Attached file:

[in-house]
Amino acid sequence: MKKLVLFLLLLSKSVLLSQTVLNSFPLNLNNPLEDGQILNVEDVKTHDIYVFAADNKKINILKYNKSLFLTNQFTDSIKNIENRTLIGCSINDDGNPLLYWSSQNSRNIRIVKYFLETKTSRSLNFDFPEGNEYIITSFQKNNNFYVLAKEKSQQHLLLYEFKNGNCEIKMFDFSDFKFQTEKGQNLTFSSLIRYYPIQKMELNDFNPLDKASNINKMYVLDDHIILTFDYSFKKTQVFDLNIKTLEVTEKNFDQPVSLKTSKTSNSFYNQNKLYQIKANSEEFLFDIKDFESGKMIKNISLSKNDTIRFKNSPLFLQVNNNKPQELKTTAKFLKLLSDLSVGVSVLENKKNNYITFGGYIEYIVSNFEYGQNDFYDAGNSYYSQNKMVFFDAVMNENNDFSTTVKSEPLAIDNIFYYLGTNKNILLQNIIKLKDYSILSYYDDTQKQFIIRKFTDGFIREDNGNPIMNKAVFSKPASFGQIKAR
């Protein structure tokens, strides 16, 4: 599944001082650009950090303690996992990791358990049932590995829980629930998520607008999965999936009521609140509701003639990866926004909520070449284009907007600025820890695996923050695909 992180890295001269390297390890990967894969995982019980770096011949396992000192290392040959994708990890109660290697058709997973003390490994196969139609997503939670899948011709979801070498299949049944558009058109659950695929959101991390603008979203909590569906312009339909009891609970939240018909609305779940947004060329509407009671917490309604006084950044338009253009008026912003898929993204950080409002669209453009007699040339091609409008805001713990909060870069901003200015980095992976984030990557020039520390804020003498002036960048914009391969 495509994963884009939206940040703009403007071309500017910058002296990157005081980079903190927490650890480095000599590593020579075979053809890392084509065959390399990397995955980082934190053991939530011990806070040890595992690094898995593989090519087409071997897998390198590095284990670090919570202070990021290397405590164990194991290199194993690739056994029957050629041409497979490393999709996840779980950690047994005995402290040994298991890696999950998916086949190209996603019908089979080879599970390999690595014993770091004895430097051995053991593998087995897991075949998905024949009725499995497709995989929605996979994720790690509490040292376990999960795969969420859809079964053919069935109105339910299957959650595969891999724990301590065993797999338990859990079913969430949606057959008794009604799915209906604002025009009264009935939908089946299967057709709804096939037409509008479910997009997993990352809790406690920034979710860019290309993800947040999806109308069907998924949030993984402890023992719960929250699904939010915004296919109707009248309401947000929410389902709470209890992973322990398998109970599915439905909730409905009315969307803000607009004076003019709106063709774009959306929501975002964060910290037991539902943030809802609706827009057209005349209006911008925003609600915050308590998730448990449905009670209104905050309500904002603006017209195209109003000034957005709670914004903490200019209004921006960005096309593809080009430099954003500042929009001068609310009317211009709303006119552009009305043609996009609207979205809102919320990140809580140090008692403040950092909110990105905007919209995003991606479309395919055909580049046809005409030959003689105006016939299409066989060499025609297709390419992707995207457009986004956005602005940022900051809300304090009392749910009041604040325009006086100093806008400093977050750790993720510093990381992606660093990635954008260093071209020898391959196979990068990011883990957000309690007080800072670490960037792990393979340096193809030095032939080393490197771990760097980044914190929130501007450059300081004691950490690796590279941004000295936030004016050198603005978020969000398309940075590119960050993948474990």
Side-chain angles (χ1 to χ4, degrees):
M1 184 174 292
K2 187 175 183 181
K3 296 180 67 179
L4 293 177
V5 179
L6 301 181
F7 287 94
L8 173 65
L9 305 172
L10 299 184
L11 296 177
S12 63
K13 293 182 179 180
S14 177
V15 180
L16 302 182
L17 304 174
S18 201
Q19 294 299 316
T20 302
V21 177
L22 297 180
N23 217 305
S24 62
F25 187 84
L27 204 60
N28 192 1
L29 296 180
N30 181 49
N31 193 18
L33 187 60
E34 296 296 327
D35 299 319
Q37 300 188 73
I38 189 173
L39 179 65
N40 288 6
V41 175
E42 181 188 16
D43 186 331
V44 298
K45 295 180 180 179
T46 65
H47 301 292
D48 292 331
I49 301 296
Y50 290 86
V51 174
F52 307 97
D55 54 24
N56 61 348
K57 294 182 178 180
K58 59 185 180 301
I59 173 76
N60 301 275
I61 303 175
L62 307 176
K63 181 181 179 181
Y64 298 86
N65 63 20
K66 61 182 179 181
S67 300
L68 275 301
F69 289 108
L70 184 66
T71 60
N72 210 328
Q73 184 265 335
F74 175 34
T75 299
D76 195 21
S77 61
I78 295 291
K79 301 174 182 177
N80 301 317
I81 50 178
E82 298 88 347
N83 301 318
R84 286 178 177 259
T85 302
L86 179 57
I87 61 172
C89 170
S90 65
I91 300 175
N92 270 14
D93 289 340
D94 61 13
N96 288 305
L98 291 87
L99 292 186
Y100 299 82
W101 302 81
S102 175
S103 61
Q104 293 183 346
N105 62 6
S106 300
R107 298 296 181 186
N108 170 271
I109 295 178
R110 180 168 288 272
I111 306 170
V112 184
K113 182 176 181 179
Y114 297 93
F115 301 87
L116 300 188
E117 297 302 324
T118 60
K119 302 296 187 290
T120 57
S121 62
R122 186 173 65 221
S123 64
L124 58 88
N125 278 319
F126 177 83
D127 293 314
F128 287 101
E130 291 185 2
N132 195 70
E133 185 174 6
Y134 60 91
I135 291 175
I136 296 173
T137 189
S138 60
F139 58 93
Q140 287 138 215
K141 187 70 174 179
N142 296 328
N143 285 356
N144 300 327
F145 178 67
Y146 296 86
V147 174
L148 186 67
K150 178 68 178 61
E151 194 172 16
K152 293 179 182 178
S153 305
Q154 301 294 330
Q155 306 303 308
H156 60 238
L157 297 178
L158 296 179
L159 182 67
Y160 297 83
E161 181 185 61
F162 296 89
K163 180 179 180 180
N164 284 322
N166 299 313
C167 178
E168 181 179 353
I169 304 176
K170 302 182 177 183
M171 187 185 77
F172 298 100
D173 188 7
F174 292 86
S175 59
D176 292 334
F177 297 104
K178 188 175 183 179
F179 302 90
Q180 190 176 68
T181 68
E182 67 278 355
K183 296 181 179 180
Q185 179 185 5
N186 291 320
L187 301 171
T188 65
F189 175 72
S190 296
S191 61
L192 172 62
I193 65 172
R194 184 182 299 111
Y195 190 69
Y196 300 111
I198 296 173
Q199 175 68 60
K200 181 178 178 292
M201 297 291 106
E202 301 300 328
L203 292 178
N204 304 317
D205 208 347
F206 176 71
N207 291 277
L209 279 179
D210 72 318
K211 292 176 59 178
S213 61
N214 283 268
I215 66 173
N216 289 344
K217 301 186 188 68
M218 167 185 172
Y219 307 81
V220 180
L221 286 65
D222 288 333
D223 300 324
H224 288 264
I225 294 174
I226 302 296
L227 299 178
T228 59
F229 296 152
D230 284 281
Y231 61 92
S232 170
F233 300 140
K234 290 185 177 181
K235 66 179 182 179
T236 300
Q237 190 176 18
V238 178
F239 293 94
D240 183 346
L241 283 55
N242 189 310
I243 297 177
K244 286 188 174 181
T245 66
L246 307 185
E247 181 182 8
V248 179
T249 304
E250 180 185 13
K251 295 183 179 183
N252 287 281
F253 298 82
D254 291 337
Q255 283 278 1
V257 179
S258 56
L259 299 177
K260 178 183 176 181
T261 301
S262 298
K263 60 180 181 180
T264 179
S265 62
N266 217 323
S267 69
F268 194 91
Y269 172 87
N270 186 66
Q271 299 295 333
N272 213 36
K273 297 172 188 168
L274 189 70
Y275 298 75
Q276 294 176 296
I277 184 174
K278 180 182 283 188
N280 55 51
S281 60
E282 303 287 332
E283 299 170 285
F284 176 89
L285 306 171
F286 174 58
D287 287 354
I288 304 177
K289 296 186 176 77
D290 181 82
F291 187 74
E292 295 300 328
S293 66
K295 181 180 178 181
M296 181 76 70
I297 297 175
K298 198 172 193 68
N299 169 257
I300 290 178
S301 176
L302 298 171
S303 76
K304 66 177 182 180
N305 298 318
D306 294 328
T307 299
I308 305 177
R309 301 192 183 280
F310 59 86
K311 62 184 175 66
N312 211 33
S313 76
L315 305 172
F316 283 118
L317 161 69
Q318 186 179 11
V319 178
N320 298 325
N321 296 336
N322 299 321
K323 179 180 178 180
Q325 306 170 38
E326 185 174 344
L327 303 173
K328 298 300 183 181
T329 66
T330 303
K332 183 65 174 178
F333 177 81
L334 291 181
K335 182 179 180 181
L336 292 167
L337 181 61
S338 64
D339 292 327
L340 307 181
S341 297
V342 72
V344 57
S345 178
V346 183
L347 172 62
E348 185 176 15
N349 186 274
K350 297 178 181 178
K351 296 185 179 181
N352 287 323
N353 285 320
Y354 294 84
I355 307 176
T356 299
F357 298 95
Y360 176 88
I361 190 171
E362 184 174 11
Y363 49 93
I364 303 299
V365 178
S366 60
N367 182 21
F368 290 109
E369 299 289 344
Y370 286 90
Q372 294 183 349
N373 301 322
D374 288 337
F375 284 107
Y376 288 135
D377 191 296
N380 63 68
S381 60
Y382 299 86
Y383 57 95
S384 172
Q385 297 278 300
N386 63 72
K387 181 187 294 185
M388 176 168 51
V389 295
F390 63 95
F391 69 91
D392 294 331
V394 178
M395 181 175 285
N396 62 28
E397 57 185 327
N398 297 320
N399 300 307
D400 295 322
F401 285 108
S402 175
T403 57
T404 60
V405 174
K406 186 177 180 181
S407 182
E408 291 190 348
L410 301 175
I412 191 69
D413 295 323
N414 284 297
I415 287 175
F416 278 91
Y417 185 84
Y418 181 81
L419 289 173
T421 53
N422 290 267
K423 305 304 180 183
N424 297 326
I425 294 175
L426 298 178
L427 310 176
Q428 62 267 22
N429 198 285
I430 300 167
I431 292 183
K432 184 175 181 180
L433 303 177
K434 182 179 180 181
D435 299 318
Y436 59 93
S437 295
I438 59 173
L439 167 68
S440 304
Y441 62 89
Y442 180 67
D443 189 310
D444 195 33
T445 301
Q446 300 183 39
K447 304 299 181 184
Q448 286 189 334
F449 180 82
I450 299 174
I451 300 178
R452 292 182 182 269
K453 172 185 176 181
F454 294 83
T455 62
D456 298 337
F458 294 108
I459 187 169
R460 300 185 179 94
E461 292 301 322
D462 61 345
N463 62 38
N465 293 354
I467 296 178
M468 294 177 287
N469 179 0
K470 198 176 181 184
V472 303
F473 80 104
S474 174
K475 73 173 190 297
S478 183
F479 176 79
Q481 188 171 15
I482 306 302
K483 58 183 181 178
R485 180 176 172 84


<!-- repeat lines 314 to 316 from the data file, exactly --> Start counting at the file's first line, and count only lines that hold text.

K332 183 65 174 178
F333 177 81
L334 291 181